WASHINGTON, April 3 (UPI) -- The maritime ecosystem in the Gulf of Mexico is still feeling the effects of the 2010 oil spill, a report from the National Wildlife Federation said.
A federal court in New Orleans is examining issues related to the 2010 oil spill in the Gulf of Mexico. A well below the Deepwater Horizon oil rig failed, causing an explosion on the rig, which caught fire and sink. The explosion killed 11 rig workers and led to the worst offshore incident of its kind in the industry's history.
The NWF said dolphin deaths in the region affected by the oil spill were elevated every month since the April 2010 accident. The environmental group cited a study from the National Oceanic Atmospheric Administration that said the dolphin die-off was abnormal.
Sea turtles and coral colonies didn't fare any better in parts of the Gulf of Mexico affected by the spill, NWF found.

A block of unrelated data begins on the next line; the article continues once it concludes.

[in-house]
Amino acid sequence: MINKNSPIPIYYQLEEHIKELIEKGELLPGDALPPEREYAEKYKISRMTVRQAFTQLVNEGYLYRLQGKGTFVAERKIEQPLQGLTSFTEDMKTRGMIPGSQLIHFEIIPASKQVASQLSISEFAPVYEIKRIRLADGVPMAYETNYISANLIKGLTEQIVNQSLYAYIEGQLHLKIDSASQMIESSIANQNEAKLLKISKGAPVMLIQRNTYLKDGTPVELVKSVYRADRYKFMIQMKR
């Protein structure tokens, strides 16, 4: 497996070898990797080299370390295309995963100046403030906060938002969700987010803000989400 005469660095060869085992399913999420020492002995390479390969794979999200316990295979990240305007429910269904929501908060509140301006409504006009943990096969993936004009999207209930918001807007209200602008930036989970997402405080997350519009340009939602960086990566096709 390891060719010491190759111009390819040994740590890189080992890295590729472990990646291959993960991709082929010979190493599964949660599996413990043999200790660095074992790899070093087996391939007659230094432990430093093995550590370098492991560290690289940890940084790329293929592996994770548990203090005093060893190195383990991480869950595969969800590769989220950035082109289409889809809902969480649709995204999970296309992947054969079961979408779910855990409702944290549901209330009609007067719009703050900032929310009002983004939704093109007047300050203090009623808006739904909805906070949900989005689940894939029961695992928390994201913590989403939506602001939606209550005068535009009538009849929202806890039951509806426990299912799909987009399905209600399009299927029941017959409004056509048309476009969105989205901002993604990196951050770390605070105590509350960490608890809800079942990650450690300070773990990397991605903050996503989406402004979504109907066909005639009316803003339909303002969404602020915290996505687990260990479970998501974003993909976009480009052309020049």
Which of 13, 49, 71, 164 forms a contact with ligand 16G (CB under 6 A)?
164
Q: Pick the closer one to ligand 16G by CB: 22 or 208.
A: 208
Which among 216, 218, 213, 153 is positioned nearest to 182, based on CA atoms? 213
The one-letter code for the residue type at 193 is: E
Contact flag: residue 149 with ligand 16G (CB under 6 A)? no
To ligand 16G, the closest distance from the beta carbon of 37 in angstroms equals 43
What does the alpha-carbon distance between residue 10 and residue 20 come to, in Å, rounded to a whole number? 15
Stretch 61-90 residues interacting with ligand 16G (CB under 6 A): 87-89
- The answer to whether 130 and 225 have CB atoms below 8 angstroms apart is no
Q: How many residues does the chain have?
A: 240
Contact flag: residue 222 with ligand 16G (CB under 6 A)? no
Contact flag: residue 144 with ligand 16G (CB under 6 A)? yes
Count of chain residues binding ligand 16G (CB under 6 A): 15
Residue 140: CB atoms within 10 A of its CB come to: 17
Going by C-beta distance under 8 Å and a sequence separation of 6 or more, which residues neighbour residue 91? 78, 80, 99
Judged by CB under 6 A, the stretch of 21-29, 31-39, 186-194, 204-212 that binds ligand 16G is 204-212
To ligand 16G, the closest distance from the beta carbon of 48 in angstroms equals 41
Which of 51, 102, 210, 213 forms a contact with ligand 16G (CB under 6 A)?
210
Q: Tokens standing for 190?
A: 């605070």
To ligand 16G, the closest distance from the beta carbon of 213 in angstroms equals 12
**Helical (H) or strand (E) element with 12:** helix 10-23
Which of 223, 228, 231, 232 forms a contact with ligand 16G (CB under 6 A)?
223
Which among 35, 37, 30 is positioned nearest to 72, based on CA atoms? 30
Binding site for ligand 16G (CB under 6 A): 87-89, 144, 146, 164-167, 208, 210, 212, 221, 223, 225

BP states that it's been working with state and federal agencies on gulf restoration projects. It set a goal of returning the environment to a baseline condition, "the condition it would be in if the Deepwater Horizon accident had not occurred."
The NWF report added that "climate change looms as a threat" to beaches, reproductive success and may lead to stronger hurricanes that destroy nesting habitats in the Gulf of Mexico.